Ancillary & Voluntary Products

Incorporating ancillary and voluntary products can be a great way to strengthen your benefit package, without adding extra cost (i.e. 100% employee-paid). These products can also help set you apart from your competitors and give your employees another reason to stay with your company. Ancillary and voluntary products are relatively easy to implement and employees can seamlessly pay the premium with payroll deduction.

There is a vast array of voluntary products available to you. Some of the most requested options are:

  • Accident

  • Cancer

  • Critical Illness

  • Disability Income

  • Dental

  • Gap Insurance

  • Hospital Indemnity

  • Life Insurance

  • Long-Term Care Insurance

  • Vision

Accident insurance pays employees directly if they are injured (on or off the job). Your employees can use the money they receive in any way they need, such as a mortgage payment or other monthly home expenses they can’t make due to the injury and inability to work.

Cancer coverage works a lot like accident insurance (explained above), except the payment is made to the employee upon a cancer diagnosis. Just like with accident, the employee can use the money in any way they need.

Critical Illness coverage works like accident and cancer coverage, except this coverage kicks in if your employee experiences a serious medical condition such as a heart attack or stroke.

Because accident, cancer, and critical illness are so similar, policies are available for your employees where all three coverage types are lumped into one policy for one minimal monthly premium.

Disability Income is a type of insurance that protects a portion of your employees’ income should they be unable to work for a period of time. Depending on policy specifics, the disability policy will replace a percentage of your employees’ base salary to help them or their families pay the bills.

Dental insurance covers what you would expect, but voluntary dental coverage pays the benefits directly to the employee. For example, if your employee goes to the dentist and needs a cavity filled, the voluntary dental carrier will pay the employee directly for the costs incurred.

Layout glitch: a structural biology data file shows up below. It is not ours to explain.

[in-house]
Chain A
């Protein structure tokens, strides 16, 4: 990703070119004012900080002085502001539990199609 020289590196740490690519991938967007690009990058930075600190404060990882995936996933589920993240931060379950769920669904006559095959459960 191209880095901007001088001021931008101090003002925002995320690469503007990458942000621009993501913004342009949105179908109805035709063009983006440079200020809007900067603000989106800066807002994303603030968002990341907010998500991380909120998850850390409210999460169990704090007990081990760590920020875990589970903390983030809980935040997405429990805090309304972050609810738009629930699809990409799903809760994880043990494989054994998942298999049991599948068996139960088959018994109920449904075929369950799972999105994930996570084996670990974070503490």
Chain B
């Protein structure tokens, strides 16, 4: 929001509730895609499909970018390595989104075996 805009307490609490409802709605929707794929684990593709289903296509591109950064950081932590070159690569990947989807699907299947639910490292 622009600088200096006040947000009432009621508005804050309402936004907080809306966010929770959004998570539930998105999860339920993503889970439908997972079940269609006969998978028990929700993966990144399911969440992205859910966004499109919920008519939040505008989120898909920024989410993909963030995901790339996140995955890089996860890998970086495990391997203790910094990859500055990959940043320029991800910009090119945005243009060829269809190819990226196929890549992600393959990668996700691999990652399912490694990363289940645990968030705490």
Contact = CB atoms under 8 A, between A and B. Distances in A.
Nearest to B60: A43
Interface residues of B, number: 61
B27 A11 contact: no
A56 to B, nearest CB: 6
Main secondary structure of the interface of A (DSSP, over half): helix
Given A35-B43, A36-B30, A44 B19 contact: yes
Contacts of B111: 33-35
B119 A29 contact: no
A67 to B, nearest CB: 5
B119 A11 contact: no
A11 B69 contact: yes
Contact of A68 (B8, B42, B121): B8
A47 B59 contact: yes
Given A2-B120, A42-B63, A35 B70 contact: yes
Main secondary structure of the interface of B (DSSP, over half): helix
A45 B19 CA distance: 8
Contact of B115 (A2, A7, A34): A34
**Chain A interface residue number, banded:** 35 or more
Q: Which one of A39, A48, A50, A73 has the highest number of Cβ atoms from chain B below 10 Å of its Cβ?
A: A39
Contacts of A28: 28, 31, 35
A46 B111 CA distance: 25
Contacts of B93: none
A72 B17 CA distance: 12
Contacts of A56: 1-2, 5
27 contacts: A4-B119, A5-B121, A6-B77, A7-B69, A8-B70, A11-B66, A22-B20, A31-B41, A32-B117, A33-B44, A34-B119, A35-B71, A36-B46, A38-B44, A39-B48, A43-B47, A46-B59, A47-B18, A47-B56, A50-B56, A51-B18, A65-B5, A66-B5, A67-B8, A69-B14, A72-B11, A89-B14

Gap insurance works by raising the deductible on your health plan (to at least $5,000) and then the extra exposure is covered by the Gap plan. Now, by raising the deductible, your employees save on monthly premium costs and then the gap product is there to cover the extra expense in case anything catastrophic happens. Gap plans are not for every group, but can be a great option for some.

Hospital Indemnity covers your employees if they have to be admitted to a hospital. Just like the dental coverage described earlier, your employee would supply the voluntary carrier the hospital bill and your employee would receive payment directly from the carrier.

Life Insurance is a policy some would argue is the most-needed policy of all, but it’s also the one no one really wants to talk about. Life insurance protects the financial future of loved ones should you or your employees die suddenly. For example, if you’re in a car wreck and pass away, your family would receive a lump sum to help them live comfortably without your income to rely on. Life insurance is how you can support family when you’re no longer here. 

Long-Term Care insurance is coverage that helps pay for the cost of long-term care services, such as bathing, dressing, or eating. Your employees would appreciate a long-term care option through your group as there are usually no medical questions if written on a group basis, instead of an individual basis. However, if your employees are healthy and could answer health questions, their premiums would probably be less if they got their own individual policy.

Vision insurance covers what you would expect, but voluntary vision coverage pays the benefits directly to the employee. For example, if your employee needs glasses, the voluntary vision carrier would send payment directly to your employee.

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